Private Ordering and the Proxy Access Debate

Lucian Bebchuk is the Director of Harvard Law School’s Program on Corporate Governance. Scott Hirst is the Co-Executive Director of the Program and Co-Editor of the Harvard Law School Forum on Corporate Governance and Financial Regulation.

The Harvard Law School Program on Corporate Governance recently issued our paper, Private Ordering and the Proxy Access Debate. The paper can be downloaded here.

The paper addresses key objections raised against the SEC’s proposal to provide shareholders with rights to include shareholder nominees for election as directors on the company’s proxy statement. Opponents have argued that a preference for private ordering and a recognition that “one size does not fit all” support retention of the current default rule that prevents shareholder nominees from being included on the company’s proxy. We show that this is not the case.

First, opponents argue that, even assuming proxy access is desirable in many circumstances, the existing no-access default should be retained and the adoption of proxy access arrangements should be left to opting-out of this default on a company-by-company basis. Our article identifies strong reasons against retaining no-access as the default. There is substantial empirical evidence indicating that insulating directors from removal is associated with lower firm value and inferior performance. Furthermore, when opting-out from a default arrangement serves shareholder interests, a switch is more likely to occur when it is favored by the board than when disfavored by the board. We analyze the impediments to shareholders’ obtaining opt-outs that are favored by shareholders but not the board, and we present empirical evidence indicating that such impediments are substantial. The asymmetry in the reversibility of defaults highlighted in this article should play an important role in default selection.

Second, opponents of the SEC’s proposed reforms argue that, if the SEC adopts a proxy access regime, shareholders should be free to opt-out of this regime. We point out the tensions between advocating such opting out and the past positions of many of the opponents, as well as tensions between allowing opting-out and the general approach of the proxy rules. Nonetheless, we support allowing shareholders to opt-out of a federal proxy access regime, provided that the opt-out process includes necessary safeguards. Opting-out should require majority approval by shareholders in a vote where the benefits to shareholders of proxy access are adequately disclosed, and shareholders should be able to reverse past opt-out decisions by a majority vote at any time.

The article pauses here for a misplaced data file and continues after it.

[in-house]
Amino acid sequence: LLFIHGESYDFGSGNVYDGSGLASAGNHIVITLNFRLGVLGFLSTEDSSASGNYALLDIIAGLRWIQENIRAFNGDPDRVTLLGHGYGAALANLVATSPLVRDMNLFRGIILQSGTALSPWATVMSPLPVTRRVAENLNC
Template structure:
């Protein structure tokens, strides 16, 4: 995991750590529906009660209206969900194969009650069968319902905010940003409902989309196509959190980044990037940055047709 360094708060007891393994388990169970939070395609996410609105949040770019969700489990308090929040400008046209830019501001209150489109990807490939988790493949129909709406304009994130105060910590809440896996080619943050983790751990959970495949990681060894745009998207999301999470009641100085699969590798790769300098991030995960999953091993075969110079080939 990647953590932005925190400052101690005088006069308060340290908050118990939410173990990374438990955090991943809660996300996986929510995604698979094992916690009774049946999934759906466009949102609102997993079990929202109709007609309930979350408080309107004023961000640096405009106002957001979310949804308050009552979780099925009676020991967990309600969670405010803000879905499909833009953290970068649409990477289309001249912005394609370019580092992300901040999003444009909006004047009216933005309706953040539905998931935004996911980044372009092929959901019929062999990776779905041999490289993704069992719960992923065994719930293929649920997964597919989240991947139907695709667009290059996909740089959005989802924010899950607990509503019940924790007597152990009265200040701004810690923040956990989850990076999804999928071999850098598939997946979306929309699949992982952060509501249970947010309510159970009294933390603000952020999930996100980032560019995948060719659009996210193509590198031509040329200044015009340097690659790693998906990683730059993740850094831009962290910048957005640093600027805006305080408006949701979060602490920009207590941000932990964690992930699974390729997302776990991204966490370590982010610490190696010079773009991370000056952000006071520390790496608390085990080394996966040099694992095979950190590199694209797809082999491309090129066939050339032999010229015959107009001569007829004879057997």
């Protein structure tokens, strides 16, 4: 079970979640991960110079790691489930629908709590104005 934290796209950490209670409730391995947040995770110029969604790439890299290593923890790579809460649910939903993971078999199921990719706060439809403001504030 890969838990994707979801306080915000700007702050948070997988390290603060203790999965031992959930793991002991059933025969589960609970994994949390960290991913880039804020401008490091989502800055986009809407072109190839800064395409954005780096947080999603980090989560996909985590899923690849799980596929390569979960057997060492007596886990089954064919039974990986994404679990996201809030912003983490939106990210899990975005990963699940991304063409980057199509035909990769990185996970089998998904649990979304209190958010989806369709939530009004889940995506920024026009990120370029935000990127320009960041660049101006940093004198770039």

The implications of our analysis extend beyond proxy access to the choice of default rules for corporate elections, and to the ways in which shareholders should be able to opt-out of election defaults. In particular, the current plurality voting default should be replaced with a majority voting default, and existing impediments to the ability of shareholders to opt-out of arrangements that make it difficult to replace directors should be re-examined.

Our paper is scheduled to appear in the February 2010 issue of The Business Lawyer together with an article by Joseph Grundfest in defense of retaining the current no-access default. Grundfest’s article, The SEC’s Proposed Proxy Access Rules: Politics, Economics, and the Law, is available here.

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One Comment

  1. Mandar Kagade
    Posted Saturday, December 12, 2009 at 8:04 pm | Permalink

    I completely agree with Professor Bebchuk’s proposal of having a Proxy Access Default on the menu and then allowing Corporations to “opt-out” of it with appropriate safeguards.

    I would add another insight that we have from behavioural L&E literature; that of status quo bias, that supports this argument.

    Having a Proxy Access Design advocated by Professor Bebchuk will have the effect of “debiasing” the shareholders. [Cf. Sunstein/Jolls on “Debiasing through Law”]

    The Opponents know that collective action problems coupled with status quo bias will disincentivize shareholder activity to “opt out” once they have a “No Proxy” default in place and hence the clamour for a “No Proxy” default rule.